Ali had chosen his path after meeting Elijah Muhammad, the leader of NOI. He became convinced that his Christian faith had let him down. To sever his ties with Christianity, he changed his “slave name” Cassius Clay to Muhammad Ali. The choice of the new name was explained away literally: “Muhammad means worthy of all praises, Ali means the most high.”
Ali chose Islam since he thought that Elijah Muhammad was the only person who could lead black people to realise the dream of self-determination. As he learnt more about the centuries-old subjugation of his fellow brothers and sisters, Ali developed an intensely rebellious predisposition. ‘‘I wanted to be rough, tough, arrogant, the nigger the white folks didn’t like,” he famously said in 1970.
However, Ali’s links with the NOI and his subsequent rejection of the Vietnam War brought vitriol upon him. He was roundly criticised in public for his views and portrayed as a loose cannon who had lost his way. Ali’s words and actions bewildered large sections of American society, mostly white, who had never encountered political views, let alone radical opposition to the status quo, in a sportsperson. He inspired others – Tommie Smith and John Carlos, who raised a defiant Black Power salute at the medals ceremony of the 1968 Olympics in Mexico, for example – and they too had to face a vicious backlash.
Boxing’s troubling history further informed Ali’s life. Black slaves had been hired as prizefighters by their rich white owners for decades. The symbolic meaning of black men beating each other to make a white man richer was not lost on Ali. The sense of discrimination made him believe in a separatist ideal that saw little room for integration between the races, as he categorically said in that interview to Sir Frost.
Repulsed by his political views, the media ran a vicious campaign that sought to defile Ali’s reputation. The days leading up to his 1964 fight against Sonny Liston, and the ones after, were dominated by discussions over his links to the NOI. Ali’s resounding win over Liston to gain the world heavyweight title was overshadowed by his name change and rejection of Christianity.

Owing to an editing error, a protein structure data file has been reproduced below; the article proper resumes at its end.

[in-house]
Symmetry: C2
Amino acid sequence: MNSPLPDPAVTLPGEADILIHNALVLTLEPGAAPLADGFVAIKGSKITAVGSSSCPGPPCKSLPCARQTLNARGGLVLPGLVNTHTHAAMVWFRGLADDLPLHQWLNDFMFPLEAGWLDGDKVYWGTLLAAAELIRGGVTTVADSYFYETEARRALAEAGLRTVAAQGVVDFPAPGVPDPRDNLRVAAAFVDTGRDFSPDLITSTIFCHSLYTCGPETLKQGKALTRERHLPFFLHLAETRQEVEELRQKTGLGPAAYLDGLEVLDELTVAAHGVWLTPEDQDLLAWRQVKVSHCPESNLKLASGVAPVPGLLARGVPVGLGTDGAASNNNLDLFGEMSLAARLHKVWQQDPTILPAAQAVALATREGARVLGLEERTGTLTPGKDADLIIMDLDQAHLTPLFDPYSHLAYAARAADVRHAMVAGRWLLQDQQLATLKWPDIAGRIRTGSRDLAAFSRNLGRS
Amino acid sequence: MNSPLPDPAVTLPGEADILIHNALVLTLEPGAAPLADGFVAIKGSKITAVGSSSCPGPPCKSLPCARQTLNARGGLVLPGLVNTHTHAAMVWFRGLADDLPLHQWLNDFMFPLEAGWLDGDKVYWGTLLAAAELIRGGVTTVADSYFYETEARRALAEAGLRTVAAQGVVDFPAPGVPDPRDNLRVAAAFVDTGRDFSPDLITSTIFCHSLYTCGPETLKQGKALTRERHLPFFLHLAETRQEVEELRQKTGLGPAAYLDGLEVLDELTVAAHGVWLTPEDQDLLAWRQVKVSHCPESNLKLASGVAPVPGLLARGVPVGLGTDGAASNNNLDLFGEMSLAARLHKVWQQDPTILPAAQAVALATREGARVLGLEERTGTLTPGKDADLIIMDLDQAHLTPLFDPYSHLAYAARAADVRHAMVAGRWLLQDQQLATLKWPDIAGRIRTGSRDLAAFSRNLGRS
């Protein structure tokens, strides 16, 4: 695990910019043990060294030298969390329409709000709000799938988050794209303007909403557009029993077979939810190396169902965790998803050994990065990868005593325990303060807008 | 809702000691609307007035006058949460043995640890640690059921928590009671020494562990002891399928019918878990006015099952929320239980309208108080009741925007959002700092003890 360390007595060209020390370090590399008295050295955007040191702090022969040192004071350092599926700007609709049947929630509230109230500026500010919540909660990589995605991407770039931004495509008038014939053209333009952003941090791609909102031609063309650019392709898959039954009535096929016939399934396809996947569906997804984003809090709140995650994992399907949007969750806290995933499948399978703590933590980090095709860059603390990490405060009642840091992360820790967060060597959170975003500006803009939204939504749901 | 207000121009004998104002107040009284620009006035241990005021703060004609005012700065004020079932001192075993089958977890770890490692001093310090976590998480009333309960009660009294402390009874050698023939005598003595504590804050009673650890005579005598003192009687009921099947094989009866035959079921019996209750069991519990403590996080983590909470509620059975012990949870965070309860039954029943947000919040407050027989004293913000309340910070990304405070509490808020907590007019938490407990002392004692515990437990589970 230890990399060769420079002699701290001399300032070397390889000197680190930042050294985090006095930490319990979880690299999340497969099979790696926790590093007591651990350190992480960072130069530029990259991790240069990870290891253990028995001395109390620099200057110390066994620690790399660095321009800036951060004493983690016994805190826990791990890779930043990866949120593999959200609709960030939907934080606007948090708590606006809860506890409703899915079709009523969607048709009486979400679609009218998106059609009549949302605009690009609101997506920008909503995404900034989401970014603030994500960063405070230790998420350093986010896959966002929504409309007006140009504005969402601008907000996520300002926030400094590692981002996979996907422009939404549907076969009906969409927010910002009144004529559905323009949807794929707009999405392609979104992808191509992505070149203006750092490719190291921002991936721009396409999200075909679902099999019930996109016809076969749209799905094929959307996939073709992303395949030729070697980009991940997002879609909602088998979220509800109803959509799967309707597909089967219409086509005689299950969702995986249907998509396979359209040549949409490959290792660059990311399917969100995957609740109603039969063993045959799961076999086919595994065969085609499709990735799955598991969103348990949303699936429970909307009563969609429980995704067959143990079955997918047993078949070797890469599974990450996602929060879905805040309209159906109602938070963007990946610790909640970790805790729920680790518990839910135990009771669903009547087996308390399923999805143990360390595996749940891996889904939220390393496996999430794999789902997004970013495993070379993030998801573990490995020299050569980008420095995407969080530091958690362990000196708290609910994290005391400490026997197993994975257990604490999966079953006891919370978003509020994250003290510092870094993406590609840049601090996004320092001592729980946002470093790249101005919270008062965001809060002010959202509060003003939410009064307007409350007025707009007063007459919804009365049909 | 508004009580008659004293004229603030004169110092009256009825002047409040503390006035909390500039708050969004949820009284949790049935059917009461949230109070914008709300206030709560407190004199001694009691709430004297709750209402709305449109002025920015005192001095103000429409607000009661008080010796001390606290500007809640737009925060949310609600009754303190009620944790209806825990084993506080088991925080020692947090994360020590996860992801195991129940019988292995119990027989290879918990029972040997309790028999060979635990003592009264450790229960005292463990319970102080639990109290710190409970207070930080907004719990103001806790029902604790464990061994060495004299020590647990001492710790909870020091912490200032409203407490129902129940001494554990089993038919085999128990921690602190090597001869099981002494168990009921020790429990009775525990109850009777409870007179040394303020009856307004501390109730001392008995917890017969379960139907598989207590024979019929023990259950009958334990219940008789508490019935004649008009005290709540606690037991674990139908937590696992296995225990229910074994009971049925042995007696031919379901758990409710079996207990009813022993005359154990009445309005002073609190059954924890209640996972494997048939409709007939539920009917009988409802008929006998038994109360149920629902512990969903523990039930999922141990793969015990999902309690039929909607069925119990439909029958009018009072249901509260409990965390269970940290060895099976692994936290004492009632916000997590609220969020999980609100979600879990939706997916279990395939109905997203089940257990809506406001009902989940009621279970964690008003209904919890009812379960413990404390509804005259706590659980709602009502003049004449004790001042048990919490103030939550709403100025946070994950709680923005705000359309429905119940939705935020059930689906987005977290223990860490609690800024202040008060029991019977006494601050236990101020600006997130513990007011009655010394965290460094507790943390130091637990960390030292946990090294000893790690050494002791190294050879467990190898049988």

Many in the media continued to call him Cassius Clay. Ali, in the firm belief that his fights were not against a particular boxer but the unjust system he fought, took his angst to the ring. Ernie Terrell in 1967 was at the wrong end of the angry man’s fury. As he landed blows on his hapless opponent, Ali shouted, “What’s my name?” He later revealed that the question was not meant for Terrell alone.
Ali fed off the excitement and derision he aroused in people. As seen in the 1974 BBC interview, Ali could switch from the height of his anger at the injustice in the world to a witticism that everyone could appreciate. A slight jab to put you down after raining ferocious punches.
As someone wrote once, to be a boxer is to suffer in every conceivable way. Ali’s suffering became pronounced in 1984, three years after he retired. The legendary boxer became a victim of Parkinson’s disease. Since then, while the aura of his presence never went away, the endearing energy and vivacity slowly left him. It was a tragedy. An articulate human being became a pale shadow of his former self. His spirit flickered occasionally but it lay to rest without a shout on Friday.